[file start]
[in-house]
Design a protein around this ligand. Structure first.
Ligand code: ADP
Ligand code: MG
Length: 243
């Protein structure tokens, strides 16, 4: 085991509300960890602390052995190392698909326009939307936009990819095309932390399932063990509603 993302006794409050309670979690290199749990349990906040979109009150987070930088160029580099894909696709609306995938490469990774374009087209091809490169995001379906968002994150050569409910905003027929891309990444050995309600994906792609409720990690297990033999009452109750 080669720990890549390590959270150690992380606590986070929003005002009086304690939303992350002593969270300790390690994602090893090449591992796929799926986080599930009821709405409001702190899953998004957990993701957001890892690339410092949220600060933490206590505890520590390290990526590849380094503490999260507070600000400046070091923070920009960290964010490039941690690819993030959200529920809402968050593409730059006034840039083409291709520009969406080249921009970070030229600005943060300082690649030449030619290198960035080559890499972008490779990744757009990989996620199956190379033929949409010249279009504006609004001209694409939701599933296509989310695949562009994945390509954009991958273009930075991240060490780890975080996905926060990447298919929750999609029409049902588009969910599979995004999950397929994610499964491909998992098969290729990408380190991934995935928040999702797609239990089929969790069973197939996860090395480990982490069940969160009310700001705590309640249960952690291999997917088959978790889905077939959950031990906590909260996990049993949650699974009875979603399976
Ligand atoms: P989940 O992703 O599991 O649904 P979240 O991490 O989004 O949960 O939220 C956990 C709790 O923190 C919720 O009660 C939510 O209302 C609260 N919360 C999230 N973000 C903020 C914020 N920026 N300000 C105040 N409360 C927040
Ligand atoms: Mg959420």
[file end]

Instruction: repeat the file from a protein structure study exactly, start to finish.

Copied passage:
[in-house]
Design a protein around this ligand. Structure first.
Ligand code: ADP
Ligand code: MG
Length: 243
């Protein structure tokens, strides 16, 4: 085991509300960890602390052995190392698909326009939307936009990819095309932390399932063990509603 993302006794409050309670979690290199749990349990906040979109009150987070930088160029580099894909696709609306995938490469990774374009087209091809490169995001379906968002994150050569409910905003027929891309990444050995309600994906792609409720990690297990033999009452109750 080669720990890549390590959270150690992380606590986070929003005002009086304690939303992350002593969270300790390690994602090893090449591992796929799926986080599930009821709405409001702190899953998004957990993701957001890892690339410092949220600060933490206590505890520590390290990526590849380094503490999260507070600000400046070091923070920009960290964010490039941690690819993030959200529920809402968050593409730059006034840039083409291709520009969406080249921009970070030229600005943060300082690649030449030619290198960035080559890499972008490779990744757009990989996620199956190379033929949409010249279009504006609004001209694409939701599933296509989310695949562009994945390509954009991958273009930075991240060490780890975080996905926060990447298919929750999609029409049902588009969910599979995004999950397929994610499964491909998992098969290729990408380190991934995935928040999702797609239990089929969790069973197939996860090395480990982490069940969160009310700001705590309640249960952690291999997917088959978790889905077939959950031990906590909260996990049993949650699974009875979603399976
Ligand atoms: P989940 O992703 O599991 O649904 P979240 O991490 O989004 O949960 O939220 C956990 C709790 O923190 C919720 O009660 C939510 O209302 C609260 N919360 C999230 N973000 C903020 C914020 N920026 N300000 C105040 N409360 C927040
Ligand atoms: Mg959420």